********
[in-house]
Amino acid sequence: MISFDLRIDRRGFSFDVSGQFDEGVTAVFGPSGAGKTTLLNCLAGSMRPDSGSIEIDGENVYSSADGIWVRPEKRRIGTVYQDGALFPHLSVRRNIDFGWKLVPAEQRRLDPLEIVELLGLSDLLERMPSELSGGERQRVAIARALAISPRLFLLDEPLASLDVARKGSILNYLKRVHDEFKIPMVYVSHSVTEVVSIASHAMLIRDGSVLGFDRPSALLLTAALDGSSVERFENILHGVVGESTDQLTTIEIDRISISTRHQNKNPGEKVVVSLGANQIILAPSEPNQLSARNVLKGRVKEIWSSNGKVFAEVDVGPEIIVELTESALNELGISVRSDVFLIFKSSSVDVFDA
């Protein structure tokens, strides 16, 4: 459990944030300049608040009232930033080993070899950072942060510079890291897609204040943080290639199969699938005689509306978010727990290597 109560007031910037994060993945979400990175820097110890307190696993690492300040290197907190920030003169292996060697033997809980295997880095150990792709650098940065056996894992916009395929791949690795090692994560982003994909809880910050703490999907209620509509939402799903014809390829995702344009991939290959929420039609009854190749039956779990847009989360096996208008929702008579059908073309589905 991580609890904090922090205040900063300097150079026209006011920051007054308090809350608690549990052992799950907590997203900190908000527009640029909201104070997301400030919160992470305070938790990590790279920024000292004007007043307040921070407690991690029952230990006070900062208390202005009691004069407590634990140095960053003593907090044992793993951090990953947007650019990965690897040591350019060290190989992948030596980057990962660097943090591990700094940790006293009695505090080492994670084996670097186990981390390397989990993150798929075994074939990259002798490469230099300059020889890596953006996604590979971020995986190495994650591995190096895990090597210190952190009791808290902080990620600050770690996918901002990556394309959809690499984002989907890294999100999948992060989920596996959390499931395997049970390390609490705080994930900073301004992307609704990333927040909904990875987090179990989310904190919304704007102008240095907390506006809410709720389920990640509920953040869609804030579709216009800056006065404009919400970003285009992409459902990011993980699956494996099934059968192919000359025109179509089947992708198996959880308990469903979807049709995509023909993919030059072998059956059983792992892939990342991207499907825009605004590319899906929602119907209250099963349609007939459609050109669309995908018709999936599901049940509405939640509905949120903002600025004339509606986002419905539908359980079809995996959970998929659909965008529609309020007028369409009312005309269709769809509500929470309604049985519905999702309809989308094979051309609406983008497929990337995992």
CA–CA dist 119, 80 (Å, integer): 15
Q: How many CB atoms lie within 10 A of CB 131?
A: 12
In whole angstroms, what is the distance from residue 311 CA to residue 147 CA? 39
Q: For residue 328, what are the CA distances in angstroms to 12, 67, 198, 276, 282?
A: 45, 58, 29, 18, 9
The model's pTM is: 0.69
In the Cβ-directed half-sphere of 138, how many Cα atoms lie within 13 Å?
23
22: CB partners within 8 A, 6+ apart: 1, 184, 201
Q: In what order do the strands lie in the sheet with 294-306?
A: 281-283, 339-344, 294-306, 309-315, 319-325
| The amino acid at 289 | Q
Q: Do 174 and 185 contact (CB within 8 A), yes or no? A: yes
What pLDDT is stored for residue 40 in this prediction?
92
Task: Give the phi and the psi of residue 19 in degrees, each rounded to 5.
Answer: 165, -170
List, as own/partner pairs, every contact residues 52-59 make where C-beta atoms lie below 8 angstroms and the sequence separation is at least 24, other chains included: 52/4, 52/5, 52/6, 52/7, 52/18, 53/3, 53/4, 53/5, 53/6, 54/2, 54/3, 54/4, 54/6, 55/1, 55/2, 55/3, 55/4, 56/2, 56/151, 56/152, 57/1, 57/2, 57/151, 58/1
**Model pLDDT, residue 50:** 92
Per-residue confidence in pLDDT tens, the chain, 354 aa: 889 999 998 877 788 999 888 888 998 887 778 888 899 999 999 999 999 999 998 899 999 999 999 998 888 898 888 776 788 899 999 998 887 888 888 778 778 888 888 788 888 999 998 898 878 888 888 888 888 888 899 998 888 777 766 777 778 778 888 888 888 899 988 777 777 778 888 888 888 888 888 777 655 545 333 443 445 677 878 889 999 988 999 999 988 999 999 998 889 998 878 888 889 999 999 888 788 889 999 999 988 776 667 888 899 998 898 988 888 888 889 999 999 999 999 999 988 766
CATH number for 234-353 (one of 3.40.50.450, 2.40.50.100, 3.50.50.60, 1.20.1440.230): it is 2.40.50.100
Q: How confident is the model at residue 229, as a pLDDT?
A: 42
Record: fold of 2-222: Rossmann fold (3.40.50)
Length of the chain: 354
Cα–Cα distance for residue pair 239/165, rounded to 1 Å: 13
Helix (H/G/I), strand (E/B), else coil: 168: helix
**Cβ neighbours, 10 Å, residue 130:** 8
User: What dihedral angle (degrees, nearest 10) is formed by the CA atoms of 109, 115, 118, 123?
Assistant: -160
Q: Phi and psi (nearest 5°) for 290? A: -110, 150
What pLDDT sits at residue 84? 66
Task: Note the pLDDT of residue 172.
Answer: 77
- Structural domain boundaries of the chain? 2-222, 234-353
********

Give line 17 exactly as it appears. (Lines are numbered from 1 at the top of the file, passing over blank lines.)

Q: Do 174 and 185 contact (CB within 8 A), yes or no? A: yes